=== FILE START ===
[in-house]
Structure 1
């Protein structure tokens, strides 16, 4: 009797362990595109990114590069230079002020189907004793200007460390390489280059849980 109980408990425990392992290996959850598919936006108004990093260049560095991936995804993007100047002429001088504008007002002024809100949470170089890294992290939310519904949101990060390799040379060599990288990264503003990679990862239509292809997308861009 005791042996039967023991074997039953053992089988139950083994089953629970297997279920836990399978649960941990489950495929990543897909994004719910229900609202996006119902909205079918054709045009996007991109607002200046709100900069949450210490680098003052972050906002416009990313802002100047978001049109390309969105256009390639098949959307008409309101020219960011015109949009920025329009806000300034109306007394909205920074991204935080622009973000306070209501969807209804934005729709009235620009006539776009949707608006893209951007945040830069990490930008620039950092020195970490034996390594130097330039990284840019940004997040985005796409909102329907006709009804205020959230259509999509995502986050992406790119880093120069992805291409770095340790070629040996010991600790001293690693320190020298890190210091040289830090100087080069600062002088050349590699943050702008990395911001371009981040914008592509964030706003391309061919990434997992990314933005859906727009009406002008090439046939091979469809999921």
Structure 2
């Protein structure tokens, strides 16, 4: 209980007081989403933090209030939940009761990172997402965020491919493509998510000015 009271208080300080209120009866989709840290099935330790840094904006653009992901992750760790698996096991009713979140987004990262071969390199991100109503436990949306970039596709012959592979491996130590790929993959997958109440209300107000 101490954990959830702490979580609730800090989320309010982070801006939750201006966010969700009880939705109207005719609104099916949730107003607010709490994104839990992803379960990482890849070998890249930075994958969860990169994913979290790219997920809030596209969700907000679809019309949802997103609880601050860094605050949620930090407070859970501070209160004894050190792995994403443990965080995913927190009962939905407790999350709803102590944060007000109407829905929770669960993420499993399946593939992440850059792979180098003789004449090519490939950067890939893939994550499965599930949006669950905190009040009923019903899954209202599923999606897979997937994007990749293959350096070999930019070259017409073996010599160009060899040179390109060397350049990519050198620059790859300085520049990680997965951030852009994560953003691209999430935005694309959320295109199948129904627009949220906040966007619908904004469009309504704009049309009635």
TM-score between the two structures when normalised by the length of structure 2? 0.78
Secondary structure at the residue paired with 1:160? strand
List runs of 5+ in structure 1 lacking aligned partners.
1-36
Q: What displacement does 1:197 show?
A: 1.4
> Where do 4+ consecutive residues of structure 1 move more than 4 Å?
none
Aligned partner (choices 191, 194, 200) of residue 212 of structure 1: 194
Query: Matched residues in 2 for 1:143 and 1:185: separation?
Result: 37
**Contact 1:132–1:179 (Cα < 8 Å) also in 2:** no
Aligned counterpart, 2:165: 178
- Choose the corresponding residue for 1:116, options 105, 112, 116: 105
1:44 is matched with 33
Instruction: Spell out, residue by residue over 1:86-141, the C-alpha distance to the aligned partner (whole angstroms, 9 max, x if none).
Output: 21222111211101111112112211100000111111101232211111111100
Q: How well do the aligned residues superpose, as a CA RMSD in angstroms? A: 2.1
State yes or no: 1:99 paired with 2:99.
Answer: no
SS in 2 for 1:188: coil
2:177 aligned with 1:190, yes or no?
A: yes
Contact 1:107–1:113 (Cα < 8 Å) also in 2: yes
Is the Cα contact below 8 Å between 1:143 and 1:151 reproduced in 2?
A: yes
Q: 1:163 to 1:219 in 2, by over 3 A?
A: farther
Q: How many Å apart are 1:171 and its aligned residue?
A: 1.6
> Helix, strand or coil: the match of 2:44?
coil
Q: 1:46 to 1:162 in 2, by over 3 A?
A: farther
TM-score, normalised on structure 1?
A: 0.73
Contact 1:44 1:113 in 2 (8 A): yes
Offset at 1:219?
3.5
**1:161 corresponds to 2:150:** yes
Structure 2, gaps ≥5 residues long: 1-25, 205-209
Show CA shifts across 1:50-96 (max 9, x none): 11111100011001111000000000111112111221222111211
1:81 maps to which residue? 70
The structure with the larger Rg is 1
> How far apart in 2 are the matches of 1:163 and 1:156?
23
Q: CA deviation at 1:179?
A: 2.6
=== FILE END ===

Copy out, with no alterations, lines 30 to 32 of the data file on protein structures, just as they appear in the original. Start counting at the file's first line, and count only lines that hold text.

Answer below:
Is the Cα contact below 8 Å between 1:143 and 1:151 reproduced in 2?
A: yes
Q: 1:163 to 1:219 in 2, by over 3 A?